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US Bill To Give Aircraft Management Services Tax Break

by Scott Hamilton, Tax-News.com, Washington

10 February 2017


Companion bills to provide an exemption from the excise tax on air transportation for payments by aircraft owners for aircraft management services have been reintroduced into the US Senate and House of Representatives.

Existing law states that non-commercial flights are generally subject to a 21.9 cents per gallon tax on jet fuel, and not the 7.5 percent federal excise tax, also known as the "commercial ticket tax."

The exemption from commercial ticket tax in the bipartisan, bicameral bills reintroduced by Representative Pat Tiberi (R - Ohio) and Senator Sherrod Brown (D – Ohio) is a response to the continued uncertainties surrounding an Internal Revenue Service (IRS) Chief Counsel's opinion in March 2012 that sought to impose the commercial ticket tax on flights where aircraft owners obtain support services from management companies for occasional charter flights, treating the owners as if they were conducting full airline or air charter operations.

In 2013, following representations from aircraft owners, the IRS decided to suspend the assessment of the tax for audits involving aircraft-owner flights. However, the underlying policy issues have remained unresolved.

The President of the National Air Transportation Association, Martin Hiller, welcomed the moves by Tiberi and Brown "to advance legislation that is so important to numerous small aviation businesses vulnerable to potentially enormous IRS assessments. … The position the IRS took in 2012 represents double taxation on aircraft owners who may seek to defray the costs associated with ownership through the chartering of the aircraft when it is not in use."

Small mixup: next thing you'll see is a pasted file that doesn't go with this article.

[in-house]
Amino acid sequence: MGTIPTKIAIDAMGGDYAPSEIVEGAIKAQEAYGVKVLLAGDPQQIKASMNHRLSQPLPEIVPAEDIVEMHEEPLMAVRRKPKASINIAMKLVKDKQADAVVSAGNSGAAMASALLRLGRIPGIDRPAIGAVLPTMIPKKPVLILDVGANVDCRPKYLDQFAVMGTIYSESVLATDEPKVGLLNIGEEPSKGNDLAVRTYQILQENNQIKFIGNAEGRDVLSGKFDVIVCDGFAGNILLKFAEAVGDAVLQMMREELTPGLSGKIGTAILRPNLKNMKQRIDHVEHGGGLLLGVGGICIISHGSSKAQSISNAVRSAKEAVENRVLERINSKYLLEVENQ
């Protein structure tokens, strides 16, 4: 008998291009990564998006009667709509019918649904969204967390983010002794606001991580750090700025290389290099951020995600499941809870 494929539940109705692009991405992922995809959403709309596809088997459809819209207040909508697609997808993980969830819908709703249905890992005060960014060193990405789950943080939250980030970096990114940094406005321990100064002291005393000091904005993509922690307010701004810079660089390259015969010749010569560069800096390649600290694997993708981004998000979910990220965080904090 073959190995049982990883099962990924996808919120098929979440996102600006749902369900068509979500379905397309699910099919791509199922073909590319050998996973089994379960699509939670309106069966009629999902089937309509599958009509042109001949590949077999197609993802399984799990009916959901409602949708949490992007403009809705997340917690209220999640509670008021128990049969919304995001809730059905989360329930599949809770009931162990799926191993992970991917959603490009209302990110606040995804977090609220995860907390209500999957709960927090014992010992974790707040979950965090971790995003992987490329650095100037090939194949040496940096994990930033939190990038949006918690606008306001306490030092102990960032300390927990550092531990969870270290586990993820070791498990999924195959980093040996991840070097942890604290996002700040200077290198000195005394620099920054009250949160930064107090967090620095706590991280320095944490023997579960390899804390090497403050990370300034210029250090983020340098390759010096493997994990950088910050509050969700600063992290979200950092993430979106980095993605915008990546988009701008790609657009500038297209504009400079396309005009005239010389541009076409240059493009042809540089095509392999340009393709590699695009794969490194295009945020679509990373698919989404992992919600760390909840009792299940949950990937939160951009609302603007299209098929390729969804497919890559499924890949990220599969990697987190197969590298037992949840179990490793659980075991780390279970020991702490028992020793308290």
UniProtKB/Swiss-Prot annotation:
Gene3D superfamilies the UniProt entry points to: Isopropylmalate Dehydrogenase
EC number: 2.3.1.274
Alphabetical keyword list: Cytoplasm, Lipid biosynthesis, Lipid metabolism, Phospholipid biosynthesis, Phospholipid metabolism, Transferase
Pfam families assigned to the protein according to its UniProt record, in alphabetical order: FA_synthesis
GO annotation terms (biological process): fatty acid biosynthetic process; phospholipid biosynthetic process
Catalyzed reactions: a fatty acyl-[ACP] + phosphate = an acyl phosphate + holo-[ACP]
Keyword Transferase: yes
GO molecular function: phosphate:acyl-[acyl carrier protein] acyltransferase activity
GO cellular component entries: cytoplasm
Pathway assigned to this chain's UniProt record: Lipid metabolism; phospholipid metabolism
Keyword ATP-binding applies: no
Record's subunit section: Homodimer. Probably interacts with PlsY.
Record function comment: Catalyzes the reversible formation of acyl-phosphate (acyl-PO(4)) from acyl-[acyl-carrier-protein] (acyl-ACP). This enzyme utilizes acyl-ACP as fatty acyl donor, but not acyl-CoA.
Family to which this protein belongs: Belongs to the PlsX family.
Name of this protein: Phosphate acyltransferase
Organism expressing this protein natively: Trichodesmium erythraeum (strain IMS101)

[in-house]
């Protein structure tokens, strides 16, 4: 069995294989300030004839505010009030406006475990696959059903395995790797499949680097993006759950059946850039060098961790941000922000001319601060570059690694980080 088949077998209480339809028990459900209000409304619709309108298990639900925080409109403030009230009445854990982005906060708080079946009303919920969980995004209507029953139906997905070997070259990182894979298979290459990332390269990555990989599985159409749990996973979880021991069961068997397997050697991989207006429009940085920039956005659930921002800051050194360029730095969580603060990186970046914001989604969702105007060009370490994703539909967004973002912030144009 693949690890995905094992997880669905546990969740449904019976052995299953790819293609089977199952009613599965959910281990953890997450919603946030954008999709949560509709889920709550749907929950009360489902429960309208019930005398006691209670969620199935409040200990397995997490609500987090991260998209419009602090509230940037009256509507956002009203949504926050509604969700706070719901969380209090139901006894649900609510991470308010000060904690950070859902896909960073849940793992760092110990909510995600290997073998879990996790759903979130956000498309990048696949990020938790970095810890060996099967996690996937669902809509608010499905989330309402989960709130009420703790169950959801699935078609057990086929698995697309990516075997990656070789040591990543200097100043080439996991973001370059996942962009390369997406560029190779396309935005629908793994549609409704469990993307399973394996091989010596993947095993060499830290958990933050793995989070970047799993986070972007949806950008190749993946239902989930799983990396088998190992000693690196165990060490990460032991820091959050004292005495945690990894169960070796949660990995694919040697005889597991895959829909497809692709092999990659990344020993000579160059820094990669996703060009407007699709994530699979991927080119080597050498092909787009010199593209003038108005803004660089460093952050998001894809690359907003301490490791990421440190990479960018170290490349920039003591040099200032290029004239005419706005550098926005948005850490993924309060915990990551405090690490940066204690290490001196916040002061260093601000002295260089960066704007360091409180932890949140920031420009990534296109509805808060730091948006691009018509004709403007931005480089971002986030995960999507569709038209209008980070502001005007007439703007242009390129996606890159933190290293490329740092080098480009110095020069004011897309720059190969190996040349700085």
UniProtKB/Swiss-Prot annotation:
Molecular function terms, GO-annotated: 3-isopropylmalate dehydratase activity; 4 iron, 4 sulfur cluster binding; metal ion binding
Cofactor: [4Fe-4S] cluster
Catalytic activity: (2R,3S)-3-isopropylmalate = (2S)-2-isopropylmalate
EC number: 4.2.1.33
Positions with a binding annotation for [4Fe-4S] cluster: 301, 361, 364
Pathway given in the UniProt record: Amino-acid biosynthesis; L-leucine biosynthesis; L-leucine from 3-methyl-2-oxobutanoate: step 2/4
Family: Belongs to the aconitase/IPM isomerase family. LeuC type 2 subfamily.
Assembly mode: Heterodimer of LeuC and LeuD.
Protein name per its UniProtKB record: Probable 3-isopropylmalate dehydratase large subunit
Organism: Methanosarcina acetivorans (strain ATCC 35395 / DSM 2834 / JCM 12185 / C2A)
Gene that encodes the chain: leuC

"For more than four years, many management companies have had open IRS audits hanging over their heads because of conflicting IRS guidance," added National Business Aviation Association Senior Manager of Tax & Finance Policy Scott O'Brien. "NBAA is committed to resolving this challenging tax issue for the nearly 1,000 aircraft management companies, many of which are small to mid-size businesses."

In July last year, the Ways and Means Committee passed similar legislation, which was then not taken up for a full vote in the House.

TAGS: tax | business | revenue guidance | law | aviation | excise duty | Internal Revenue Service (IRS) | tax authority | legislation | United States | tax breaks | services | Tax

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